In a given year, approximately 18 million American adults suffer from major depression. By the year 2020, it is estimated that depression will be the 2nd most common health problem in the world. An acquaintance of mine described how depression caused her to sleep excessively because, “dreaming was better than living.” Medication and therapy are popular treatments for many of the people who have been affected by depression. Current statistics show that about 80-90% of individuals who suffer with depression are able to find relief from their symptoms, but for the remaining 10-20%, referred to as “treatment-resistant,” there may be hope. Deep brain stimulation (DBS) is an experimental procedure that is gaining recognition as a safe and effective treatment for depression.
DBS is believed to have been developed in France in 1987, and was first used to treat movement disorders, such as Parkinson’s disease. Neurologist, Dr. Helen Mayberg, has spent the last 20 years researching the “neurology of depression” using functional imaging. She, along with neurosurgeon Dr. Andres Lozano, co-conducted a pioneering DBS study that involved placing an electrode on each side of the brain near a region known as Area 25. During the procedure, doctors are able to monitor the sound of neurons firing; the gray matter makes a raspy sound and the white matter is silent. The target spot is the white matter slightly below Area 25. This sector of the cerebral cortex is believed to be overactive in depressed patients, allowing negative emotions to overwhelm their thoughts and mood.
Antidepressants affect the billions of neurons in the brain, whereas DBS only stimulates an area about the size of a pea. According to Dr. Gross, who was one of the neurosurgeons involved in the first DBS experiment, “the electrodes are about the thickness of angel hair pasta and use about 1,000th the power of a flashlight bulb.” The electrodes use a customized continuous stimulation produced by a pulse generator, like a pacemaker, that is implanted in the patient’s chest.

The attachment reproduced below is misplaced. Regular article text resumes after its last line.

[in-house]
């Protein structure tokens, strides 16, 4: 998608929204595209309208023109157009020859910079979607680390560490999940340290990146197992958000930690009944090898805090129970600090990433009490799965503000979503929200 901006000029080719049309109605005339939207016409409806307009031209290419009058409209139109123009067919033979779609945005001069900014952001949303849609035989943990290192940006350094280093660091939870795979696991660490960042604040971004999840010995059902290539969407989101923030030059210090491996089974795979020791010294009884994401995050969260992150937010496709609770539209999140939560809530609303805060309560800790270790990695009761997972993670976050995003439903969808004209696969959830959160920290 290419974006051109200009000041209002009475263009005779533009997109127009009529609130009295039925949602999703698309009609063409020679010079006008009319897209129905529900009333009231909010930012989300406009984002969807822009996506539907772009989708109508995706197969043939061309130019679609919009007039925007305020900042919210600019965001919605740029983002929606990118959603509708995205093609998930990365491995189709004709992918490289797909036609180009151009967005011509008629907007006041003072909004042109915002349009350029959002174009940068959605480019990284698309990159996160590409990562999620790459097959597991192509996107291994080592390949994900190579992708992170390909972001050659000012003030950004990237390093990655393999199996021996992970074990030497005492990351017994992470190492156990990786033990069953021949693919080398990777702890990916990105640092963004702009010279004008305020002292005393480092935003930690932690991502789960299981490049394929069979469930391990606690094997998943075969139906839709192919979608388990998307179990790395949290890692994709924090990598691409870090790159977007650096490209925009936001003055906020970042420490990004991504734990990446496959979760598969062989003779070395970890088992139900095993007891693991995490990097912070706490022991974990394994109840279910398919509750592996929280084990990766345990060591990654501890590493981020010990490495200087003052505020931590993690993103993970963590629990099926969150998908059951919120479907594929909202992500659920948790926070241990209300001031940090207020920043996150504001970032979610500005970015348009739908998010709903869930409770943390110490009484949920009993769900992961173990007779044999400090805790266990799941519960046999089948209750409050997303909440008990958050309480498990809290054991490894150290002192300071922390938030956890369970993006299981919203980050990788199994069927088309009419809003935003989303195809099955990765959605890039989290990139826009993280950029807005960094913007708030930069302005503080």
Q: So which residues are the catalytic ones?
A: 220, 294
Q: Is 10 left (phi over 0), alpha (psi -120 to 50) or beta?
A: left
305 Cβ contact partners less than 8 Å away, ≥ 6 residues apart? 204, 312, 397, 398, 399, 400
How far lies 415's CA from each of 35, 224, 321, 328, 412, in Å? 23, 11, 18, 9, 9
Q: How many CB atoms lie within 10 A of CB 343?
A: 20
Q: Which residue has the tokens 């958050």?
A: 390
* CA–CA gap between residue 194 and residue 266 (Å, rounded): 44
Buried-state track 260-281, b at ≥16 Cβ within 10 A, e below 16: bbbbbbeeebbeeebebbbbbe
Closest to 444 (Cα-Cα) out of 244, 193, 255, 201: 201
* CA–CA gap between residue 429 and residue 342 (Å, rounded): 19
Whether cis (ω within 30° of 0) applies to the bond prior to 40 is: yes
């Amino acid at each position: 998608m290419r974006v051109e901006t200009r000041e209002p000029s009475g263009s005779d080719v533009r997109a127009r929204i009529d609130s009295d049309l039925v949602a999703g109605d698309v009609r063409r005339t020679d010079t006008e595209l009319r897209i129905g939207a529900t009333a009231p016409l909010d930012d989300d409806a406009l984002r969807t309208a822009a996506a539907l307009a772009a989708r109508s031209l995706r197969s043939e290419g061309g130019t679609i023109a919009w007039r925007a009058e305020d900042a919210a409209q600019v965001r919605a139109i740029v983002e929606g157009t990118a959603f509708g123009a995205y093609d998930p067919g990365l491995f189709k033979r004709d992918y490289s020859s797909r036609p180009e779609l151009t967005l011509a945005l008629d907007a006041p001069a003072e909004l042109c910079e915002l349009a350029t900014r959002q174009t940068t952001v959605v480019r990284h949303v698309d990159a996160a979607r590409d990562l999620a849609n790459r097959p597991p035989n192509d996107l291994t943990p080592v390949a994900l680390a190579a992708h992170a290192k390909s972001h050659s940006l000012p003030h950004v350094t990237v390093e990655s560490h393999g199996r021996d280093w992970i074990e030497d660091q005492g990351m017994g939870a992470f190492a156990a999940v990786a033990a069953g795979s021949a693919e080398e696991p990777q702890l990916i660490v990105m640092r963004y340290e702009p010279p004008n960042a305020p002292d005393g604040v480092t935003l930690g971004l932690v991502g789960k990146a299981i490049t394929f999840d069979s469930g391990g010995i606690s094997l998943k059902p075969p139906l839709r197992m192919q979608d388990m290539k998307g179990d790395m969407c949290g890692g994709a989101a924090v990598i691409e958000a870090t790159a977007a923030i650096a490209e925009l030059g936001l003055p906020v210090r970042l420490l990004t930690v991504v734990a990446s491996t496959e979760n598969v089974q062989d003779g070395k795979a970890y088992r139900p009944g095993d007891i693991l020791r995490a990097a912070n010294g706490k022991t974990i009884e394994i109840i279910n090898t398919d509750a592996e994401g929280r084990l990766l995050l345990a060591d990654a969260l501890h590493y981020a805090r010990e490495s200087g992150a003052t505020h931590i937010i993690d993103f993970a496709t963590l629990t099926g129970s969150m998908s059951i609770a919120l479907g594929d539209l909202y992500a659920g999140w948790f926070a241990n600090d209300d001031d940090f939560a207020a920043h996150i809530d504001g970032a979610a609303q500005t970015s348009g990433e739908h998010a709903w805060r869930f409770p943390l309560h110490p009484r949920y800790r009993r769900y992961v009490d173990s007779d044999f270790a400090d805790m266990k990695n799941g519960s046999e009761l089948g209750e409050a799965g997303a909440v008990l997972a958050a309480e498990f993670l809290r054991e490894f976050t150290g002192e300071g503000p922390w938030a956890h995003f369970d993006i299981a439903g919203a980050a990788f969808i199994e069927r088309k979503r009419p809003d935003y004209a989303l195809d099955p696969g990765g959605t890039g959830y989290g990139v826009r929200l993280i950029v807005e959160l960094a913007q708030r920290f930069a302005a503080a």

Although DBS is not yet approved by the Food and Drug Administration (FDA), it is gaining popularity. DBS has about a 67% success rate and is a generally safe operation, but as with all surgeries, there are possible risks involved. Some complications may include: stroke, brain damage, speech problems, breathing problems, infection, and seizures. Patients who opt to undergo this procedure have decided that the possible negative side effects are not as important as the chance of living happier lives.
More research is needed before the FDA will approve the commercial use of DBS for treatment-resistant depression. Mayberg still has unanswered questions about how DBS actually works. Does DBS activate or inhibit neurons near Area25? Why does DBS help some patients and not others? Can DBS be used to treat other disorders, such as Bipolar Disorder? For the millions of people who are unsuccessful in alleviating their depression symptoms, DBS can be a life saver. Neuroscience has come a long way in the past couple decades, and I am looking forward to seeing what future research will reveal.
- Deep brain stimulation may hold promise for mild Alzheimer’s disease (medicalxpress.com)
- Battling depression with “battery-powered brains” – CNN report on deep brain stimulation (DBS) (casesblog.blogspot.com)
- Randomized Clinical Study Taps Deep Brain Stimulation to Treat Depression (medgadget.com)
- The Pros and Cons of Two Controversial Depression Treatments (everydayhealth.com)
- Results Reported for Phase Ib Open-Label Clinical Trial for the Treatment of Depression Using External Trigeminal Nerve Stimulation (eTNS™) – The USB Port to the Brain™ (sacbee.com)
- Is Deep Brain Stimulation Useful In Treating Depression? (drvitelli.typepad.com)
- Treating depression with electrodes inside the brain (cnn.com)